The second layer of the laminate is cut wider to sit on top of the bodyshell.

Flip it over and you can see I've added a thin strip a few mm's in from the edge.

Any guesses what that's there for??

Those strips will help locate and hold the glazing in place when the model is finally assembled after painting. Keeping the glazing held tight against the inside will also prevent the bodyshell from warping inwards over time.

Now attention turns to the top side again and I glue on 3 trusses along the length of the roof. These will support the roof skin and keep its shape and stop it sinking in the middle.

Then a final piece of styrene sheet can be bent over the top to complete the roof skin.

It's one of the most tricky jobs of the whole project. The styrene will bend easily enough but overcoming the fierce natural spring in the material and getting it to stay bent is much harder.

What I do is glue one edge down and wait for it to set firm (perhaps as long as half an hour) and then test out attempting to bend it over the formers. Inevitably this will expose some weak points along the joint where it opens up. So I re-glue those areas and repeat the process until the styrene can be bent across to the other side without any lifting.

Then, being very generous with the solvent, I put the roof upside down on the workbench and roll it over and press down very hard on the second edge. Easing the pressure off will once again expose any sections that haven't bonded properly and I go back, apply more glue, more pressure until, finally, the styrene submits.

I've made that sound a bit of an epic battle - man against styrene - but the good news is that once you have got the roof skin to bond it will stay bonded. Although I am putting the styrene under great stress I have carriages that I made 20 years ago in this way and the roof skins have never lifted once.

You've also probably noticed there's a triangular cut out in the roof. That's where the domed end of the roof - a feature of the FR's Observation Carriages - is going to go. More on this later.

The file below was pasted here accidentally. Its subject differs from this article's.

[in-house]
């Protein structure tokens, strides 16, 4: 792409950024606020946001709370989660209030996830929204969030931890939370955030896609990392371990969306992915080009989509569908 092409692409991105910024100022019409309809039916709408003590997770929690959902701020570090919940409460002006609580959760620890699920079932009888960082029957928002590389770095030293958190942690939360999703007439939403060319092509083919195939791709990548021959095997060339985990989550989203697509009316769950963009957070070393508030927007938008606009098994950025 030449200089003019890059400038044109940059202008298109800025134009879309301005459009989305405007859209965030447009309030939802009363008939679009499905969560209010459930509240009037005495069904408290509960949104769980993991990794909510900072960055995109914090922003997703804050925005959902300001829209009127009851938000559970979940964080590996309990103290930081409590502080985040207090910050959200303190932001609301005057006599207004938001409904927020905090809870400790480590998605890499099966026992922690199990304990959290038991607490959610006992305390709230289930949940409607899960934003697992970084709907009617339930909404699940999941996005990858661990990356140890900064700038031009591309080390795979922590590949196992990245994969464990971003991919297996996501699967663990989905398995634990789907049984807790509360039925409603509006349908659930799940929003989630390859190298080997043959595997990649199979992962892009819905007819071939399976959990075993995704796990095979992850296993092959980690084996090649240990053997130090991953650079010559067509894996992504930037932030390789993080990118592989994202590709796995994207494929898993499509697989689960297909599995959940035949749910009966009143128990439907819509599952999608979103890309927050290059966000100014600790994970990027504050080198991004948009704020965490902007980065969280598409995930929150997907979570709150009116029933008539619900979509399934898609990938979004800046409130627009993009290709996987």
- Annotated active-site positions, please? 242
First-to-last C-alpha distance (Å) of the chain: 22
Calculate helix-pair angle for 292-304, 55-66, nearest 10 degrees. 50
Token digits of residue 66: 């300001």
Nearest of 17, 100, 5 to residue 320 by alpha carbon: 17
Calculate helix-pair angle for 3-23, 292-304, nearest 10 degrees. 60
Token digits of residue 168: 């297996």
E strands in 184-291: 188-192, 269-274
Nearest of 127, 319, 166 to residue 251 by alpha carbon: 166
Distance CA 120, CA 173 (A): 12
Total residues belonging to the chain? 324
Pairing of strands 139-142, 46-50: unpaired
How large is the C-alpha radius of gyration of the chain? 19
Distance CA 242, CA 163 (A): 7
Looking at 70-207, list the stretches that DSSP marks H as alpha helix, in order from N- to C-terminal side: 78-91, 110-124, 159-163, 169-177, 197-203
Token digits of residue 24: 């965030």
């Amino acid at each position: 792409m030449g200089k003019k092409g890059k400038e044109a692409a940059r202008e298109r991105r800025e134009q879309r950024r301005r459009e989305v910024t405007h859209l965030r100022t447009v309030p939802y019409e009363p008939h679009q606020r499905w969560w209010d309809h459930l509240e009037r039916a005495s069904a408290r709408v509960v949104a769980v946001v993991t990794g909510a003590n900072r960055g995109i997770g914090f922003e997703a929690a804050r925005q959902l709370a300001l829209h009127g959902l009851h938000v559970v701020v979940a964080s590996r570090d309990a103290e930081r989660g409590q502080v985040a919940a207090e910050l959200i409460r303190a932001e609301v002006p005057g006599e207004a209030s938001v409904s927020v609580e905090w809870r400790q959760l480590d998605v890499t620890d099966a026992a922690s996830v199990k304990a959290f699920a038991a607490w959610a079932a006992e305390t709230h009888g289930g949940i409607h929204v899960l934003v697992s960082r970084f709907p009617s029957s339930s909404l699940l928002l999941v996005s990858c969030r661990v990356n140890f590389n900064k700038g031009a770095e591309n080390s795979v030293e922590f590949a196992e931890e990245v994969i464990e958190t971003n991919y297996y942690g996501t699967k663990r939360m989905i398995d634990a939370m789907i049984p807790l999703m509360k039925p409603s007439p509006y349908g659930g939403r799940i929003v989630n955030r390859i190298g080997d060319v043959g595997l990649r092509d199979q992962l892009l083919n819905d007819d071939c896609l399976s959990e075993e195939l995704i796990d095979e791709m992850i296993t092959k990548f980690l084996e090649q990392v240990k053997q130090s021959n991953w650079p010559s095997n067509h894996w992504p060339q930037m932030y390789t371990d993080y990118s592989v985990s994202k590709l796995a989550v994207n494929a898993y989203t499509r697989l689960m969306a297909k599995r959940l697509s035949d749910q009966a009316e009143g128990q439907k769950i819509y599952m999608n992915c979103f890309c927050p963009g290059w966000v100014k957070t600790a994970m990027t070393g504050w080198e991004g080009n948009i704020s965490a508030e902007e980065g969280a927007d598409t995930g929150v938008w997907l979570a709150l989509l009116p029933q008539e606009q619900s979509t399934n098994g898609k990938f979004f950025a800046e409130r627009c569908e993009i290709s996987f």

Let's turn our attention back to the underframe.

Here you can see I've added a strip around the edge which represents the main steel underframe of the carriage which pokes out beneath the wooden body, and also the truss rods have been bent up from a length of brass rod and glued into place.

And on the other side...

Those upright rectangles of styrene are going to hold the glazing in place at the bottom. Normally this job would be done by the interior, the seats and tables etc but the client has specified a carriage without an interior so these lengths of strip have been added instead.

Now it's back to the roof and time to form the domed end using that fabulous modelling material, Milliput.

It's wonderful stuff. Firm enough to be pressed into shape. It can be smoothed down with water. Won't shrink or crack and it sets like rock (after 24hrs). The best modelling filler I've ever used.

So now I'm just waiting for that to set so I can rub it down with with some wet and dry paper and then the roof can be glued in place and that'll be it. Job done!

Monday, 6 September 2010


There's been some steady progress to report in the build of Observation Carriage 100.

The detailing has been completed on both bodysides and the glazed observation saloon end piece. The main outstanding item is making up and fitting the corridor connection pieces for the other end. Then they can be glued together into a box shape and it will finally start to look like a carriage body.

As I explained in an earlier post, each bodyside is a three-layered laminate. What I'm showing you here this time is the third layer, which gets put on the inside (or the back) of the bodysides and represents things like window droplights or blanked-out panels.

In these pictures you can see how this third layer of the sandwich is seen from the outside of the carriage and also what has been glued on behind to create the effect.

As you can see, the work on the reverse side is a lot rougher and less exact than on the viewing side. Just like going backstage at a theatre or film set all that matters is what the audience sees.